Maybe it’s not just about neurological differences. It may be in large part how society has encouraged people in the last 20 years to cloister themselves between who they live with and work with and separate themselves from anyone outside that except for being “ships passing in the night” so to speak.

    There seems to be a sociological aspect to it. Back in the 60s and 70s it was much more common for friends to get together several times a week and spend alot of time in each others’ life. Social media has in large part replaced in-person relationships and maybe alot of people find that more convenient and they don’t miss real face to face friendships. I don’t know, but it seems that way from what I’ve observed. It’s kind of sad.

    You’re so right that missing somebody is a part of empathy. If it bothers you not to spend time with someone then that is evidence that you feel fondness for them, (the lack of which would be a lack of empathy). We can’t forget about people we have warm feelings towards because by definition that means that we do think about them when they’re not in the same room. Cool or coldness is opposite of that and indicates a lack of (or a waning of) attachment. In many ways I think we who are autistic have MORE empathy.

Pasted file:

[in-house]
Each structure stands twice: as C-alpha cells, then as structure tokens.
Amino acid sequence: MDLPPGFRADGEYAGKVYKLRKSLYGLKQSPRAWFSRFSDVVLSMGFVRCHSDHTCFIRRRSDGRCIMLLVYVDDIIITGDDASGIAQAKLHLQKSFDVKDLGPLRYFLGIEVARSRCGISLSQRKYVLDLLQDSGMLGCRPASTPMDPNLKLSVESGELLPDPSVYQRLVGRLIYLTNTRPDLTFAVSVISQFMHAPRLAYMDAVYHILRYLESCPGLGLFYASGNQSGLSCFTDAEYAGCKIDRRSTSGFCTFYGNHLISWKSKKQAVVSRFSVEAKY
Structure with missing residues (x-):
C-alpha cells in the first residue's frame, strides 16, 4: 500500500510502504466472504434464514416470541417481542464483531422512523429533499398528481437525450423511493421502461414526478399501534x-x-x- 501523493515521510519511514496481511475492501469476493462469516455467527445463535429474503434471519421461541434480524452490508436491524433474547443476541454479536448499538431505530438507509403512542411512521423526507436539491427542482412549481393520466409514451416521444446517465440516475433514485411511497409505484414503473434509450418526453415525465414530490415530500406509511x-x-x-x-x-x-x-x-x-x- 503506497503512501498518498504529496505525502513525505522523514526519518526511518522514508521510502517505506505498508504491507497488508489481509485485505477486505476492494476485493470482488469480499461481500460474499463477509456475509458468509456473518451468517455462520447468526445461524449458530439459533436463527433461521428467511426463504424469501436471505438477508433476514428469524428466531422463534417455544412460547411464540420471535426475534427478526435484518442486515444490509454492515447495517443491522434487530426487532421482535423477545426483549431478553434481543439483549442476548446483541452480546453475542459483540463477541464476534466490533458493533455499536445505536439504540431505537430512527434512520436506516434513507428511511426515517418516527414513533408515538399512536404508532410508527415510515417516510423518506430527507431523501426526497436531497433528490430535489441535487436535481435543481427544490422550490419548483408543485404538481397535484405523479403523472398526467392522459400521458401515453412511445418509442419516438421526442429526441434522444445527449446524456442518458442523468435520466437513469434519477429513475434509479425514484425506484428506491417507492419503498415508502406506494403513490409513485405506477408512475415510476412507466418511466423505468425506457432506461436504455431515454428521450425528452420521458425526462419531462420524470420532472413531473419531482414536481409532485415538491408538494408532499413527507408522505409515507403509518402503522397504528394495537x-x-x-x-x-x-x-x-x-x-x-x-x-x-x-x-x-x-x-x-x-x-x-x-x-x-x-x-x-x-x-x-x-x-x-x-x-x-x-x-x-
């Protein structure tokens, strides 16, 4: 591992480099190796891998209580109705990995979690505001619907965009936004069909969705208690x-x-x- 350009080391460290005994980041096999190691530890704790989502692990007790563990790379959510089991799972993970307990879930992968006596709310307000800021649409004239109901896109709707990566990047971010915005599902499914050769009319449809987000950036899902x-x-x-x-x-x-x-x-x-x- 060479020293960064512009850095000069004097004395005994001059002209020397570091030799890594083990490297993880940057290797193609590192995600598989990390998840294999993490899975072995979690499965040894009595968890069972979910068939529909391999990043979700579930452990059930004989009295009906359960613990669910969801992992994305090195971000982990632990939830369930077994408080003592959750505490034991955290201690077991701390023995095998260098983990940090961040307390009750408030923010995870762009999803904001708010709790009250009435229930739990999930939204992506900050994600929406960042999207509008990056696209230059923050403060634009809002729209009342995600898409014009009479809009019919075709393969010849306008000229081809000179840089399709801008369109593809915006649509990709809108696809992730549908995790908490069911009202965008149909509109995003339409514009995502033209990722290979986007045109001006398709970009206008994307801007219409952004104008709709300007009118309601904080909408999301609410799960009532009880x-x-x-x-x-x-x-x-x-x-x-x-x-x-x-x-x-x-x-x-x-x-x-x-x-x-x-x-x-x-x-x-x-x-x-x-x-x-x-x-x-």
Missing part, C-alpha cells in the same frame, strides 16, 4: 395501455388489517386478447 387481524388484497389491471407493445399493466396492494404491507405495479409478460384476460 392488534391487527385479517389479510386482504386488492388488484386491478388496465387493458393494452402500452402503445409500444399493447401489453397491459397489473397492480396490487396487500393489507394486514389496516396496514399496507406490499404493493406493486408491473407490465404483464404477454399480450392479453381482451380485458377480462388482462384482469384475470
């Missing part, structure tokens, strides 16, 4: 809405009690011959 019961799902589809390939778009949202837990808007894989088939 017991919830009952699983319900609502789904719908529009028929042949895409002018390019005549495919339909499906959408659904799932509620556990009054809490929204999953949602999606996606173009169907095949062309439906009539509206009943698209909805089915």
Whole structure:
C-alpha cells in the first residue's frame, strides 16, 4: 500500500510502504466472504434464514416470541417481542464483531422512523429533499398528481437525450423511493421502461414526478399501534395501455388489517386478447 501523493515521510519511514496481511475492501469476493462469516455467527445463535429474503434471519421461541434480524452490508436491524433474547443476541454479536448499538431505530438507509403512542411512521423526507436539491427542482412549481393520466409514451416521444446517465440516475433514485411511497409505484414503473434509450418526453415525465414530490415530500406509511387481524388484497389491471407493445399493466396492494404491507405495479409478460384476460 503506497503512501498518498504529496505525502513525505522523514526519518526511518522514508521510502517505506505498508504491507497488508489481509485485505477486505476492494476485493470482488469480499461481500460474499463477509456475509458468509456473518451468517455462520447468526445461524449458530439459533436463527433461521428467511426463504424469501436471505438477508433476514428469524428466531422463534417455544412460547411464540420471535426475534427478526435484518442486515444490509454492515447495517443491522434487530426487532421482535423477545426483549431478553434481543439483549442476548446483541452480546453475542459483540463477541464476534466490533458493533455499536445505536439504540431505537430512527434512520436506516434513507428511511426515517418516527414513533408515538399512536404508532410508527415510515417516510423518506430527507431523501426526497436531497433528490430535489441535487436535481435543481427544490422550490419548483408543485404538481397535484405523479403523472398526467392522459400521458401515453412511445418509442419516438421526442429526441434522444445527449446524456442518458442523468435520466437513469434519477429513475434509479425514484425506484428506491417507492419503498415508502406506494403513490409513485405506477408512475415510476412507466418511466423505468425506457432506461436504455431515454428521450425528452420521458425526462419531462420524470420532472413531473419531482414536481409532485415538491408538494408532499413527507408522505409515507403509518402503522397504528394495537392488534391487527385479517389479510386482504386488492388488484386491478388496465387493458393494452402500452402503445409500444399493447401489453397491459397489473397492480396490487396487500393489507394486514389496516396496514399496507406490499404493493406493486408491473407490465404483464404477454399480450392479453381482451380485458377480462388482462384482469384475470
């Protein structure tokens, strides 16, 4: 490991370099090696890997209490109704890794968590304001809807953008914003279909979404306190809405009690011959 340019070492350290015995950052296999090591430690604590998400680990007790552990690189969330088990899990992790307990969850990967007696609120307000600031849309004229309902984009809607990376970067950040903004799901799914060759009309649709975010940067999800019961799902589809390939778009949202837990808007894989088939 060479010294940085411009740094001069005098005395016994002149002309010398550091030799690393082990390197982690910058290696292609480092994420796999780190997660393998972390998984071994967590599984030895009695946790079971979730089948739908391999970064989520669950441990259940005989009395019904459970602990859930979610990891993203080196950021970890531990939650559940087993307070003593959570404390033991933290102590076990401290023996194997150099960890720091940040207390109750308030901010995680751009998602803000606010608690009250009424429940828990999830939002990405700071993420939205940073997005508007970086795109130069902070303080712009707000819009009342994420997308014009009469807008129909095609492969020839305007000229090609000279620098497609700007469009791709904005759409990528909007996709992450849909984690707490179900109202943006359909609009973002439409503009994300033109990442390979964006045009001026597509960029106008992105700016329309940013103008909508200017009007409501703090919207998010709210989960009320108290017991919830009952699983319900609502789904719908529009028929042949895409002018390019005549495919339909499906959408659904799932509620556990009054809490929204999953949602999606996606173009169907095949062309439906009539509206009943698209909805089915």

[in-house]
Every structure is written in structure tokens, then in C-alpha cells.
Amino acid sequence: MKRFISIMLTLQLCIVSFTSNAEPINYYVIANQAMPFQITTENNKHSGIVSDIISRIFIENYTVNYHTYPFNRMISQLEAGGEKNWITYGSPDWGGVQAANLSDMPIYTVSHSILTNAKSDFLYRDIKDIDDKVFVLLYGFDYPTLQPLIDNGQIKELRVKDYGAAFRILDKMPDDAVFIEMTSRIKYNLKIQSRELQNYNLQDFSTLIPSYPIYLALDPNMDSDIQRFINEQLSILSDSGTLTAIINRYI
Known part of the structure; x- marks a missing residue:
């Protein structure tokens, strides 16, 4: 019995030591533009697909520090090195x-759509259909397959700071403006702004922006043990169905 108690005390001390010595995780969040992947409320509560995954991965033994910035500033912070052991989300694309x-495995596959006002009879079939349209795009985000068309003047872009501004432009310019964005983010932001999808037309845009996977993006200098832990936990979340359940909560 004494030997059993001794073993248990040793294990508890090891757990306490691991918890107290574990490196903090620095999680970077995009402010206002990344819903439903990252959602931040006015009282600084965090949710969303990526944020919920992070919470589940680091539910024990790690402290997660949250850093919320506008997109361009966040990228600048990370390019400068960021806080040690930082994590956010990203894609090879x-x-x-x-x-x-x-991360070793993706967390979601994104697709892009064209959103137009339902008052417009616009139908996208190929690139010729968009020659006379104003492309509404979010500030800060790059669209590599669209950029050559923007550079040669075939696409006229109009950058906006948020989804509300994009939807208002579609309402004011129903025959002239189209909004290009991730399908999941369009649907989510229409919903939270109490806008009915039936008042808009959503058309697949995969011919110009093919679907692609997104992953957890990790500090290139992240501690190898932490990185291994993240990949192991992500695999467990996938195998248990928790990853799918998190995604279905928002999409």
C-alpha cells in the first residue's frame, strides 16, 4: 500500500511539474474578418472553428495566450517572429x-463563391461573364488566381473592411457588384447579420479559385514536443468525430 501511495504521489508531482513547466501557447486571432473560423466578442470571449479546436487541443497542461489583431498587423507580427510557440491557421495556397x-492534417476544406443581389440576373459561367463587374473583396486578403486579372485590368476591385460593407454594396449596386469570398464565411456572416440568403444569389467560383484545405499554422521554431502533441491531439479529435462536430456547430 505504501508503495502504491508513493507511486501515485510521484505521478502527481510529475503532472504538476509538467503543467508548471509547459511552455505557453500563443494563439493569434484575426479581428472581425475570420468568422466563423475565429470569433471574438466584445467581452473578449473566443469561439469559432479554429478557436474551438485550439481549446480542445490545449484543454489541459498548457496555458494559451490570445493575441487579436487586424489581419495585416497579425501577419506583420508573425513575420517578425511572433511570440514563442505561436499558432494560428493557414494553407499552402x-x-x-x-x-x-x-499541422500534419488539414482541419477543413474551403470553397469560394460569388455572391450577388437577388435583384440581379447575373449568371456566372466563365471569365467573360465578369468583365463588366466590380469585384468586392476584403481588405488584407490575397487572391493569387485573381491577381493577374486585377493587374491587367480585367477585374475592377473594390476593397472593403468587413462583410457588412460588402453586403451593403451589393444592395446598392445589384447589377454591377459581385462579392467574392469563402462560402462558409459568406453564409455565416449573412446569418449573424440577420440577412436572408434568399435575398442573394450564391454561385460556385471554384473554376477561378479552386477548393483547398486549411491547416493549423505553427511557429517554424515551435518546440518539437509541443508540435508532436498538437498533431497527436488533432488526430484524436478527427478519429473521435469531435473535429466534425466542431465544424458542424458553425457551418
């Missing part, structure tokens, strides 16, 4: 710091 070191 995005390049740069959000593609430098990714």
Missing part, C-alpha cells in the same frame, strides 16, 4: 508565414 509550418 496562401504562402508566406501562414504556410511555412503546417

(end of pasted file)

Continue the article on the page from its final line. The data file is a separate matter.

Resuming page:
2. James says:

    One of the reasons why disappointment is so agonizing for many autistic individuals is the inability to often see other alternatives, along with fear of failure